# Printing all paths in a matrix

I am trying to print all the possible paths in a (nXm) where right and down movements are allowed

``````int n,m;

int findWays(int x, int y, string str)
{
int right,down;
char *p ;
if(x<=n && y<=m)
{
str +="(";
itoa(x,p,10);
str += p;
str += ",";
itoa(y,p,10);
str += p;
str +="),";
//   cout<< "X : "<<x<<" Y : "<<y<<endl<<str<<endl;
if(x==n && y==m)
{
cout<<"Path End : "<<str<<endl;
return 1;
}
//   cout<<"Going Right : "<<str<<endl;
right = findWays(x+1,y,str);
//cout<<"Going Down : "<<str<<endl;
down = findWays(x,y+1,str);
return (right+down);
}
else
{
return 0;
}
}

int main()
{
string str;
int count;
cout<< "Enter N and M: ";
cin>>n>>m;
cout<<"Paths :\n";
count = findWays(1,1,str);
cout<<" Total no of Paths : "<<count;
return 0;
}
``````

some how the string ig getting corrupted.

eg: n=3,m=3

Path End : (1,1),(2,1),(3,1),(3,2),(3,3),

Path End : 1 ,1),(2,1),(2,2),(3,2),(3,3),

Path End : 2 ,1),(2,1),(2,2),(2,3),(3,3),

Path End : 1 ,1),(1,2),(2,2),(3,2),(3,3),

Path End : 2 ,1),(1,2),(2,2),(2,3),(3,3),

Path End : 2 ,1),(1,2),(1,3),(2,3),(3,3),

only the first two character, somehow, replaced by a count and rest of the string is good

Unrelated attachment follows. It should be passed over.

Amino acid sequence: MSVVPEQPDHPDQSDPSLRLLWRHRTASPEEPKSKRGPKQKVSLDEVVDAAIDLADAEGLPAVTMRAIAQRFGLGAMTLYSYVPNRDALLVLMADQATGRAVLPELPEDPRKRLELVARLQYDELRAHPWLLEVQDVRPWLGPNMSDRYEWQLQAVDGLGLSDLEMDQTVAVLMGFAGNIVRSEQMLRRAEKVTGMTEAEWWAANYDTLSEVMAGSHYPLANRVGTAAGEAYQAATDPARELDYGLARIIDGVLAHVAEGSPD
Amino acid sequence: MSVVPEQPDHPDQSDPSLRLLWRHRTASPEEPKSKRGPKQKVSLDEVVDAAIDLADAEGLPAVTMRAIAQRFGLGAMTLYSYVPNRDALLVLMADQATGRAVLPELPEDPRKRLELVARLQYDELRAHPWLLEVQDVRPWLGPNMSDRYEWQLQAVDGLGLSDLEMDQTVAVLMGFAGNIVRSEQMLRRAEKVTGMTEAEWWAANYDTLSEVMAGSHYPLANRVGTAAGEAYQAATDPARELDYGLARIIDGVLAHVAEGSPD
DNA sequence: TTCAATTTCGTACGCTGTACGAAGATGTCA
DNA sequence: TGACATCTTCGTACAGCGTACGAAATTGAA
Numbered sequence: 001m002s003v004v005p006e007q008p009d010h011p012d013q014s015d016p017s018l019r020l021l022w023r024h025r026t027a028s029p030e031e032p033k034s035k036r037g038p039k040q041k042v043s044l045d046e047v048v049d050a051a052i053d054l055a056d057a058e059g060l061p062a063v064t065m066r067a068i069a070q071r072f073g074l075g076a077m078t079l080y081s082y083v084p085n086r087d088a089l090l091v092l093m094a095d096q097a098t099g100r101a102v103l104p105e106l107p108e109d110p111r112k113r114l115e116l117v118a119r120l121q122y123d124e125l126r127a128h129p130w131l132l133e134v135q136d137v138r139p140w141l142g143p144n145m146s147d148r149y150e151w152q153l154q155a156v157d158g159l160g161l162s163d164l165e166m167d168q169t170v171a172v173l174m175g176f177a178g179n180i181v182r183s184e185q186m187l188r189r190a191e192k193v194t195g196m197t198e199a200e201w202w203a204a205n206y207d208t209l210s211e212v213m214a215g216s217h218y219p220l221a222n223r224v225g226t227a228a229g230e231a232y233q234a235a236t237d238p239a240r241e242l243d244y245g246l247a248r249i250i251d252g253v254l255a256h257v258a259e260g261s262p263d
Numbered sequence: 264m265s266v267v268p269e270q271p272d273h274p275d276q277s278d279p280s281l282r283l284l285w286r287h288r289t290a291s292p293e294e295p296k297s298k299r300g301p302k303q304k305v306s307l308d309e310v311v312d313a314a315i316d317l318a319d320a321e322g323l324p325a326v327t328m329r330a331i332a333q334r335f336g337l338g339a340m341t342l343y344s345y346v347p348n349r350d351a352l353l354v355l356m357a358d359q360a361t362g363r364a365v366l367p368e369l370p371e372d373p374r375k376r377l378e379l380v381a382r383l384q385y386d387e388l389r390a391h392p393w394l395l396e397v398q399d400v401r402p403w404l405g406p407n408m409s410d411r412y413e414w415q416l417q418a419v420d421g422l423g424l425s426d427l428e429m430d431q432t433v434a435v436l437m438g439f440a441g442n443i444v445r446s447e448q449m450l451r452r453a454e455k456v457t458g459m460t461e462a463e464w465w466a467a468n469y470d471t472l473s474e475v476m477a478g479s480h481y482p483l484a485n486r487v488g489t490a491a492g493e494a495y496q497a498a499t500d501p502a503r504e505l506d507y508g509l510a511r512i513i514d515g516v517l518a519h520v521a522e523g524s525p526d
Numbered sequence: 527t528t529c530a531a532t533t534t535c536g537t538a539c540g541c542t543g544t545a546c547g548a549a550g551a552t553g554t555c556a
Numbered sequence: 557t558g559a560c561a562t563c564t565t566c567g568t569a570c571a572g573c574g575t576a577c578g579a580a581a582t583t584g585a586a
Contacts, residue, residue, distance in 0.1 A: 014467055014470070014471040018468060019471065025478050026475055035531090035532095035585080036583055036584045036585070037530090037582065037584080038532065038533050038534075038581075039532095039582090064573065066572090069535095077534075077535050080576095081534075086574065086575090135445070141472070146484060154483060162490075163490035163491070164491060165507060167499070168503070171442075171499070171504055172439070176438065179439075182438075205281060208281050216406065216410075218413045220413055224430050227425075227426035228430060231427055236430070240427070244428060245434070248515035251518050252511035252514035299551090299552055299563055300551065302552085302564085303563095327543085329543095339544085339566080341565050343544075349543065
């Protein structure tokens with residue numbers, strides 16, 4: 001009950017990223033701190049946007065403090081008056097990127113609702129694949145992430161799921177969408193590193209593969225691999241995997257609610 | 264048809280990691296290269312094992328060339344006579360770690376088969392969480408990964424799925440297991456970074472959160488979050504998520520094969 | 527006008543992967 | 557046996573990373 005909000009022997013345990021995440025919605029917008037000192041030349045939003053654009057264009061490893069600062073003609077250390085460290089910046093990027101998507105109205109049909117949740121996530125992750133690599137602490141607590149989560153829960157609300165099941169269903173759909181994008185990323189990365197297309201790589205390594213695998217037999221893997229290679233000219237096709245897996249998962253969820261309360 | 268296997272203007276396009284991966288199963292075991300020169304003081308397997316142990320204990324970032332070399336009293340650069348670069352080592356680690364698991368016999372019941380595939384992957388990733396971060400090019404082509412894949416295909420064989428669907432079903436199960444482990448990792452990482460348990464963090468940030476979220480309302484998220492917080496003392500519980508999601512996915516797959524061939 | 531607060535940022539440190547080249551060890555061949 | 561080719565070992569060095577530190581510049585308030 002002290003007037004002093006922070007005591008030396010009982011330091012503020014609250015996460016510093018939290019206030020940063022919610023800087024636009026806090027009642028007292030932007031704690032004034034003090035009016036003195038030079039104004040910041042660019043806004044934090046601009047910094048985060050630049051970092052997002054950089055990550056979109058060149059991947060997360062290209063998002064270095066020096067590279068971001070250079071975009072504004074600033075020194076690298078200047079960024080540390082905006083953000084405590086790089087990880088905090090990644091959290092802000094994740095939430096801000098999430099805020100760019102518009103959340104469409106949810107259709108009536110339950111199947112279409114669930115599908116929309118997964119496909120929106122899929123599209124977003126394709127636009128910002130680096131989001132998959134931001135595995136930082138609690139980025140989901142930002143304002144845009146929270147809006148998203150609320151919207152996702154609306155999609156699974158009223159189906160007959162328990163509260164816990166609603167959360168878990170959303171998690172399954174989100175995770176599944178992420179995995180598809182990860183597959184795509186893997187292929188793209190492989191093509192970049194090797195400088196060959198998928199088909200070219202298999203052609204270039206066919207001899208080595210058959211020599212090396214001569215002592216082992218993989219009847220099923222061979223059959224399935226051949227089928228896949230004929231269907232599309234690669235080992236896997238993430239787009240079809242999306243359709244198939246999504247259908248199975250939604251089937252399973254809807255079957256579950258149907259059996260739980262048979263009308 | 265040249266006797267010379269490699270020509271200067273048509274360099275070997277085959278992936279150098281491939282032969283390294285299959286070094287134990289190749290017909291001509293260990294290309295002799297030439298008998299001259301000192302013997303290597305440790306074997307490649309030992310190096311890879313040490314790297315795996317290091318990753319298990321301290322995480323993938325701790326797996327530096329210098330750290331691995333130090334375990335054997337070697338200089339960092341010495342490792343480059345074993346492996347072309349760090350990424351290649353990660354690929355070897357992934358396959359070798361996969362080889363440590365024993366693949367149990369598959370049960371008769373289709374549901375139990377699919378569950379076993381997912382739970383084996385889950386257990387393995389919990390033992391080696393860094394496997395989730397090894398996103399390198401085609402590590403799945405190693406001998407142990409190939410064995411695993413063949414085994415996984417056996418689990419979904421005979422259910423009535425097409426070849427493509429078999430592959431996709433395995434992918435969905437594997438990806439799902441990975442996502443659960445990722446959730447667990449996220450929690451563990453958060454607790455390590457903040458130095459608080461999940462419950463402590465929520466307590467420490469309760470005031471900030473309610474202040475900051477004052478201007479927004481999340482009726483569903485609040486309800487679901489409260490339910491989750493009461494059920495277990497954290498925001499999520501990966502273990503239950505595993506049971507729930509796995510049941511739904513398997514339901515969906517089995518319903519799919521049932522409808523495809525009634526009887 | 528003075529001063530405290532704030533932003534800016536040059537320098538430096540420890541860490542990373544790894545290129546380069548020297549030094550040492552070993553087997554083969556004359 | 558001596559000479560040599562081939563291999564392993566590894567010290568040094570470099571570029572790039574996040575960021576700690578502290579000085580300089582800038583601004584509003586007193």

I can use a integer array instead and print it. But I don't know how and why the string getting changed?

• `char *p ; itoa(x,p,10);`, no space for `p`. Try `char p[50];` – chux Jul 7 '14 at 15:25
• Instead of (non-standard) `itoa`, use `std::to_string` (C++11). – Jarod42 Jul 7 '14 at 15:39

As point out by chux, you use an uninitialized value `p`, I suggest to use `std::to_string` (C++11) instead of (non standard) `itoa` as follow: https://ideone.com/h5hPj1

``````int findWays(int x, int y, std::string str)
{
if (x <= n && y <= m)
{
str += "(";
str += std::to_string(x);
str += ", ";
str += std::to_string(y);
str +="), ";
if (x == n && y == m)
{
std::cout << "Path End : " << str << std::endl;
return 1;
}
int right = findWays(x + 1, y, str);
int down = findWays(x, y + 1, str);
return (right + down);
}
else
{
return 0;
}
}
``````
• Thanks, but any idea why string got corrupted? – Sab Jul 7 '14 at 17:39
• p is used uninitialized, and may so corrupt memory. – Jarod42 Jul 7 '14 at 17:56
• Why there is a pattern in the corruption, that to same output no matter haw many time I run the code. If the corrupt string gives random output, I will settle with the uninitialized p but I think there is some thing else. – Sab Jul 8 '14 at 6:43

`str += p;` when `p` is a `char*` ends up invoking the wrong overload - it assumes that `p` is a pointer to the first element in a null-terminated array. Change it to

``````str += (*p);
``````